Eurozone inflation surges to 4.1%
(FT) High energy and food costs pushed the rate of price rises a 10th of a point higher than in the previous month, setting another record for the nine-year-old, 15-member currency region. Read more
Deutsche Bank writedowns swell beyond $11 billion
(Reuters) Germany’s flagship financier had originally been seen as one of the few to emerge unscathed from the crisis, but as the problems on international markets continue Deutsche Bank is being sucked ever deeper into trouble.
Congress passes a bill to assist homeowners and to rescue Freddie Mac and Fannie Mae
On Saturday July 26th the Senate overwhelmingly approved the mammoth package, as the House had done a few days earlier. George Bush is expected to sign it into law this week. The bill is the most important attempt yet by Congress to stabilise financial markets and alleviate the pain felt by borrowers. Its centrepiece is authorisation for the Federal Housing Administration, a government agency, to guarantee up to $300 billion of refinanced mortgages for borrowers who could lose their homes. Participating lenders must accept 80-90% of the home’s current value. In return for more relaxed loan terms, borrowers will have to pay the government a 1.5% insurance premium.
Eurozone growth prospects crumble
(FT) The eurozone economy is fast running out of steam with growth prospects collapsing across the 15-country region, closely watched surveys indicated on Thursday.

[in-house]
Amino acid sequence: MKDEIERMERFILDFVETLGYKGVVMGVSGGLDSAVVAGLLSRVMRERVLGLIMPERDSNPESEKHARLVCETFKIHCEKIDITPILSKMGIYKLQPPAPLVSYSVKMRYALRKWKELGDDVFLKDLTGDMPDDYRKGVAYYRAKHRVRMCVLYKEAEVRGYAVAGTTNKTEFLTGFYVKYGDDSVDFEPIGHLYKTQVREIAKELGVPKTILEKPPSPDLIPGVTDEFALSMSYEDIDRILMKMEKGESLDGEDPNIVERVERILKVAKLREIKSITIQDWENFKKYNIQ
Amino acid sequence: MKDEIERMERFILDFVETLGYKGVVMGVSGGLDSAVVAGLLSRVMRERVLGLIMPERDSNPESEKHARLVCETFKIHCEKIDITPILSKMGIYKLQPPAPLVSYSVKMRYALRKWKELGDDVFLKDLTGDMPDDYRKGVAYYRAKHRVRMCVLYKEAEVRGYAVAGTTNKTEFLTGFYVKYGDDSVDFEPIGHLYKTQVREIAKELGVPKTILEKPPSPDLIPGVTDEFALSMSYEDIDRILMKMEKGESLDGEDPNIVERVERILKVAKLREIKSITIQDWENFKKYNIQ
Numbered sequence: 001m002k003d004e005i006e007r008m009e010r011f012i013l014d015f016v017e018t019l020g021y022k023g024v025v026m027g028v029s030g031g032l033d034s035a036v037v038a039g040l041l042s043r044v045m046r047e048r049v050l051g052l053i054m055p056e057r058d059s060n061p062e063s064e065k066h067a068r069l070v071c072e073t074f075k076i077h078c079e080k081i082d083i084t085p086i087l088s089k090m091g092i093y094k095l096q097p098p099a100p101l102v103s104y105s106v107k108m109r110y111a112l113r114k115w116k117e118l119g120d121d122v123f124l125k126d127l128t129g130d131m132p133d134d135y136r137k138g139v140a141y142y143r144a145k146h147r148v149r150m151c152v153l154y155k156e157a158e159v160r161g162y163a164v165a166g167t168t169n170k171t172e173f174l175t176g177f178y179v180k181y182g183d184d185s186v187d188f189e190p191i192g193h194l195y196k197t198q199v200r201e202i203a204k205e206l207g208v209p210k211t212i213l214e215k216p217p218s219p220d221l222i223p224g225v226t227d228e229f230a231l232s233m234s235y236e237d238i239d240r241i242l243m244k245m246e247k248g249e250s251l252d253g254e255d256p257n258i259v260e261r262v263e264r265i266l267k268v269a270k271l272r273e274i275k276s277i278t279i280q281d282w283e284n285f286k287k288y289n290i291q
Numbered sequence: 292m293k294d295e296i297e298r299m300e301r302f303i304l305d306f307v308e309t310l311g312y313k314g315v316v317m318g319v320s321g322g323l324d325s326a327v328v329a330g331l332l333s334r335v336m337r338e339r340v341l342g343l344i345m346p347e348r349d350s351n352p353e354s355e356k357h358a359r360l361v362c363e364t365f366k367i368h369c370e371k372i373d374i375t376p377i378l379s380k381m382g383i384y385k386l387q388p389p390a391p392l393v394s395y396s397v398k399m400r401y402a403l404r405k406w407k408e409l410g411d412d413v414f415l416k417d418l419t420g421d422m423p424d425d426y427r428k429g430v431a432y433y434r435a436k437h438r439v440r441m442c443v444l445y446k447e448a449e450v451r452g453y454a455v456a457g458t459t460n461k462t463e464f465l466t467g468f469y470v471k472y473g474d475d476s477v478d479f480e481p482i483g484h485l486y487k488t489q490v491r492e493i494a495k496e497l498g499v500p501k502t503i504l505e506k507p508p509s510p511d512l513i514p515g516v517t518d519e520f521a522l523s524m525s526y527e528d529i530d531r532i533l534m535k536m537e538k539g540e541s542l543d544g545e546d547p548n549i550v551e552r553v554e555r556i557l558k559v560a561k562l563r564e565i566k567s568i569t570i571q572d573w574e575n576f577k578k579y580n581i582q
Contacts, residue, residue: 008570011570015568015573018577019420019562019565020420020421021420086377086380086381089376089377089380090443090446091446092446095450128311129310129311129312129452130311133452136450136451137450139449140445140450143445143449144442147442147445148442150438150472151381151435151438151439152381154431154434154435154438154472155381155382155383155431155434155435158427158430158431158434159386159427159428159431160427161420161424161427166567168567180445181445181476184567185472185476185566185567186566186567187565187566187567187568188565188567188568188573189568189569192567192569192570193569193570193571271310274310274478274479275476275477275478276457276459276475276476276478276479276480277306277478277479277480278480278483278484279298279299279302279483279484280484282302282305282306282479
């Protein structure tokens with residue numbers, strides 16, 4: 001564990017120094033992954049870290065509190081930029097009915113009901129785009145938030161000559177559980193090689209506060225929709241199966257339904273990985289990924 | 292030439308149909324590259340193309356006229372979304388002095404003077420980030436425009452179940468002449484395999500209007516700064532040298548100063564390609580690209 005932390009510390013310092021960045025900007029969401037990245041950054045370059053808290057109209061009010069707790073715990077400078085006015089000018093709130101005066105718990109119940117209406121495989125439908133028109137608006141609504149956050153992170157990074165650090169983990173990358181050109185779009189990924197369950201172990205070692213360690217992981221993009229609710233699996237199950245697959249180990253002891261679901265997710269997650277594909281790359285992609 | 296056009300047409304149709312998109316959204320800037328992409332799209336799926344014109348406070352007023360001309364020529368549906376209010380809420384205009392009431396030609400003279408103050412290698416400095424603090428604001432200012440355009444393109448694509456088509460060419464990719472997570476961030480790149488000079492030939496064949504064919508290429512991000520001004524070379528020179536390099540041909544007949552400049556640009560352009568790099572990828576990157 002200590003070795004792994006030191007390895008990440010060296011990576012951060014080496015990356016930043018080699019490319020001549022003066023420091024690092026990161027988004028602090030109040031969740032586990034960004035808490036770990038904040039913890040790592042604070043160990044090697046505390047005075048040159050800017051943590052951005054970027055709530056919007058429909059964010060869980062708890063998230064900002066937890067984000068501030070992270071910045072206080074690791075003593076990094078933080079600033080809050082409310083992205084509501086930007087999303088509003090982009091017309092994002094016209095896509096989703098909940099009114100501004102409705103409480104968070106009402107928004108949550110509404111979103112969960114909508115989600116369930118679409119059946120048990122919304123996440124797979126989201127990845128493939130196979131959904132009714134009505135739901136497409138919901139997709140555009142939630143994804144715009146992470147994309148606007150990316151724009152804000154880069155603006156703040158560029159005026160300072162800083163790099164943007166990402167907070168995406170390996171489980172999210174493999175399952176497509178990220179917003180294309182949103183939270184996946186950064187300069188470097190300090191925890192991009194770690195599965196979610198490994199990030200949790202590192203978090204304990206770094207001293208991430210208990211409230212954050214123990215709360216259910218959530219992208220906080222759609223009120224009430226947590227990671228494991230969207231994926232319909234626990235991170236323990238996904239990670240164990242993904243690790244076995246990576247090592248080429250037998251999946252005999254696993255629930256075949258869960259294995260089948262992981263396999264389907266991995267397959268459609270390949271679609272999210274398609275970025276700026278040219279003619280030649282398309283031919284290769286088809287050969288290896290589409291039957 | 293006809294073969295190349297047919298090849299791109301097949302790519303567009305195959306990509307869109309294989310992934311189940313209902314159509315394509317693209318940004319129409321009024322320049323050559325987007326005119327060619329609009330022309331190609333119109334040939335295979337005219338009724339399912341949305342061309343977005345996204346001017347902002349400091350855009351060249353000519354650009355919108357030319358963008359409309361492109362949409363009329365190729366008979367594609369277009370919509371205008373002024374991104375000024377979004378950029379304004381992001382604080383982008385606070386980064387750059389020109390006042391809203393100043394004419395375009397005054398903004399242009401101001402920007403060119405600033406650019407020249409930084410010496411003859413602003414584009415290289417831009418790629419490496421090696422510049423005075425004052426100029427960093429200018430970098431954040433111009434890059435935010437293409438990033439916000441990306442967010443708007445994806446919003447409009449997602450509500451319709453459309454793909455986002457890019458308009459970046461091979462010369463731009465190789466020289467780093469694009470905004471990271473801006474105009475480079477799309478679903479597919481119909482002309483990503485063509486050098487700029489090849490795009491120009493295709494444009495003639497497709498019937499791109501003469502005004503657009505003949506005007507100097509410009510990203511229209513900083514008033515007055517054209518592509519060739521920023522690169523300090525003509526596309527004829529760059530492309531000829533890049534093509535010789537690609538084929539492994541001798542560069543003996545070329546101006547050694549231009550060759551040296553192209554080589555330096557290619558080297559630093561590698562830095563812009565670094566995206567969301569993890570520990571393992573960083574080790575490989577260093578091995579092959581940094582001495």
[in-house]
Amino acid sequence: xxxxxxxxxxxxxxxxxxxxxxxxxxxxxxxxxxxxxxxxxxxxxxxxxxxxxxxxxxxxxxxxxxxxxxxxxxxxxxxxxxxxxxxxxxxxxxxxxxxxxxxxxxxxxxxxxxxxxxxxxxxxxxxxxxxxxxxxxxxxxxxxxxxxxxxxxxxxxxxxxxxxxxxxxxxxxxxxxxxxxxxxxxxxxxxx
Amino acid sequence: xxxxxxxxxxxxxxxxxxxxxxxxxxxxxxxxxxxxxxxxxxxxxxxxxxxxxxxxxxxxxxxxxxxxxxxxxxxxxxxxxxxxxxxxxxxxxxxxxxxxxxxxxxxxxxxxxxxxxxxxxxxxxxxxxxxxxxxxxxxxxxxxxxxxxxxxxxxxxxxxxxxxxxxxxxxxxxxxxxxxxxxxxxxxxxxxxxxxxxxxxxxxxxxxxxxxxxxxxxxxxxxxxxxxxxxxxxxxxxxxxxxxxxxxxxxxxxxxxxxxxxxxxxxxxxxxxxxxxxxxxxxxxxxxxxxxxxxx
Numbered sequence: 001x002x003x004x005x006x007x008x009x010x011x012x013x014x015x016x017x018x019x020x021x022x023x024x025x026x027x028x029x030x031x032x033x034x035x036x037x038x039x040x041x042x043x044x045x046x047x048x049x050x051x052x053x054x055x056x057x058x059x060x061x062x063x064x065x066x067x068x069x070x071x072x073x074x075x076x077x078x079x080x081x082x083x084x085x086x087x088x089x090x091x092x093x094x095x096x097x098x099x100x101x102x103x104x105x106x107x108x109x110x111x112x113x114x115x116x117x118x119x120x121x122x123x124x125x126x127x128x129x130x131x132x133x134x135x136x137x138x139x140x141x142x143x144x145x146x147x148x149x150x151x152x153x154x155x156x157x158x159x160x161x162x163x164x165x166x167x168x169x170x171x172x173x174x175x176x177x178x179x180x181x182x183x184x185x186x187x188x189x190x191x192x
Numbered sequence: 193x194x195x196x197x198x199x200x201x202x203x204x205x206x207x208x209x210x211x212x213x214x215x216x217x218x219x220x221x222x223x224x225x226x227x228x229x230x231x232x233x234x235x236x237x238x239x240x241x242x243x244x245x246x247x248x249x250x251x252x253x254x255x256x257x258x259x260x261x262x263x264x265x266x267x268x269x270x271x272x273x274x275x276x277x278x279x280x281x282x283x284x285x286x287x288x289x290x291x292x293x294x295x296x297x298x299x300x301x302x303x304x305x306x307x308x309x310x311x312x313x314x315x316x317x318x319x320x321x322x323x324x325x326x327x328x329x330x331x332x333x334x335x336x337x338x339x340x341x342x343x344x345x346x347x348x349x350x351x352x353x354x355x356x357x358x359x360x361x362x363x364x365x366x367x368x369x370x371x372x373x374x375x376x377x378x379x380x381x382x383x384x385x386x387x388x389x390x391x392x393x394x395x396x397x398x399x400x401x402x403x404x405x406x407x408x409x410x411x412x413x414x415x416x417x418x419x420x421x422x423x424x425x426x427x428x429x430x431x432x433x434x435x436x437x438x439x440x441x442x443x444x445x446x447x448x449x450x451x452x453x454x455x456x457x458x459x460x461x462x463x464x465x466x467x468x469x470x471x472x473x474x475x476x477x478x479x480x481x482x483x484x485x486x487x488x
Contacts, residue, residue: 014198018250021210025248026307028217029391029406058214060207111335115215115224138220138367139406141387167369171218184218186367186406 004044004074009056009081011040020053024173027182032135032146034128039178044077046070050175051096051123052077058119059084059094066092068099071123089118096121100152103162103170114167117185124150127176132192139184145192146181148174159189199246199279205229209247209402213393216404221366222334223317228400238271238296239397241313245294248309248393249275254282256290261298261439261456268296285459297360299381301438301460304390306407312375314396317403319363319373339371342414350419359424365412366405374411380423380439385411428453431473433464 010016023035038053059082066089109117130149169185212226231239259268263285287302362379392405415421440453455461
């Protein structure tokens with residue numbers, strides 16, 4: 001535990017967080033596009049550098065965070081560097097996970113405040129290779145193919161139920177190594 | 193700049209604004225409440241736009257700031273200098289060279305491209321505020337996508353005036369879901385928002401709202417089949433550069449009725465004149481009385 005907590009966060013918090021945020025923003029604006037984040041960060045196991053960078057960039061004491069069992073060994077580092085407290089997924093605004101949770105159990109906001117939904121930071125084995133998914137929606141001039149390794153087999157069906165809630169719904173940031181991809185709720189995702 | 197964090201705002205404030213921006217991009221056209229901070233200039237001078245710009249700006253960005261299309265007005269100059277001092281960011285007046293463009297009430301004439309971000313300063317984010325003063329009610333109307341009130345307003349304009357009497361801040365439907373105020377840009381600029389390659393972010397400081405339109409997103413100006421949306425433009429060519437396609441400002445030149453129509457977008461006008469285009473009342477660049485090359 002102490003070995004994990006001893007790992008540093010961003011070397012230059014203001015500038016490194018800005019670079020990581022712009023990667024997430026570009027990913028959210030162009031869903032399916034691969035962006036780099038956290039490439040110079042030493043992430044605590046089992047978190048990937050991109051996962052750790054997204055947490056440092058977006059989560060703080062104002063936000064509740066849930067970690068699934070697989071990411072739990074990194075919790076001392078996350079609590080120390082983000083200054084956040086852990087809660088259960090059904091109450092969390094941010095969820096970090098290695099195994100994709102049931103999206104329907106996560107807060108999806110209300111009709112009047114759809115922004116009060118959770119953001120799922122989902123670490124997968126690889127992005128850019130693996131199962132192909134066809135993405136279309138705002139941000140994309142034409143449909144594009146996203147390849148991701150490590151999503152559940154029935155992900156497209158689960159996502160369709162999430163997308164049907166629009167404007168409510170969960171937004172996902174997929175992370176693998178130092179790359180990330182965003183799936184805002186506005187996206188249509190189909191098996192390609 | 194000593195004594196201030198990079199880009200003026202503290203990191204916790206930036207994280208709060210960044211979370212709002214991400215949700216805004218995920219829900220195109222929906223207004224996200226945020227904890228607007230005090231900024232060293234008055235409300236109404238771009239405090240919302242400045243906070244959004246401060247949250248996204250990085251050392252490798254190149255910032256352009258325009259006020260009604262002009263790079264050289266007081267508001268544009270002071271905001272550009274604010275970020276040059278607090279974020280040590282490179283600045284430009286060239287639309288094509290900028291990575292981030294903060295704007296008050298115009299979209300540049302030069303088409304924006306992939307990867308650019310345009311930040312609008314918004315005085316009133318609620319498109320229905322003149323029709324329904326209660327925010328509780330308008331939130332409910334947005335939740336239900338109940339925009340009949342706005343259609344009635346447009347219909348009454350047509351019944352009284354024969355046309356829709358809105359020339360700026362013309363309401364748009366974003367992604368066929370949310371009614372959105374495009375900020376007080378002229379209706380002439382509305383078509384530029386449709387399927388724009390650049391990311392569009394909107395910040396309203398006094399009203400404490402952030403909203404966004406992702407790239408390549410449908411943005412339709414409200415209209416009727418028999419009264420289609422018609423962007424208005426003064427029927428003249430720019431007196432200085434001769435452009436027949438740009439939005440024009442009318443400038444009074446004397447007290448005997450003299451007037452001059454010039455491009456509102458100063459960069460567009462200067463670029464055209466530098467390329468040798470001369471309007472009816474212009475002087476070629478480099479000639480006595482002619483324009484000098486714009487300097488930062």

Women Are Now Equal as Victims of Poor Economy
(NYT) After moving into virtually every occupation, women are being afflicted on a large scale by the same troubles as men: downturns, layoffs, outsourcing, stagnant wages or the discouraging prospect of an outright pay cut. And they are responding as men have, by dropping out or disappearing for a while.
Bernanke highlights risks facing US economy
Ben Bernanke highlighted the “numerous difficulties” facing the US economy in a sobering testimony on Tuesday that sent markets on a rollercoaster ride as he signalled serious risks on both the growth and inflation fronts.
Welcomes but warnings for Fannie, Freddie rescue plan
LONDON (Reuters) – A government plan to rescue mortgage agencies Fannie Mae and Freddie Mac was welcomed by one of the world’s biggest holders of dollar assets on Monday but fears remained about the state of the global financial system.
Japan said it hoped that a plan unveiled on Sunday by the Treasury and the Federal Reserve would support the troubled government-sponsored mortgage financiers, but a senior minister said that world markets were on the brink of crisis.
The central bank of Singapore, another major dollar-asset holder, issued a similar warning about risks to financial markets and institutions.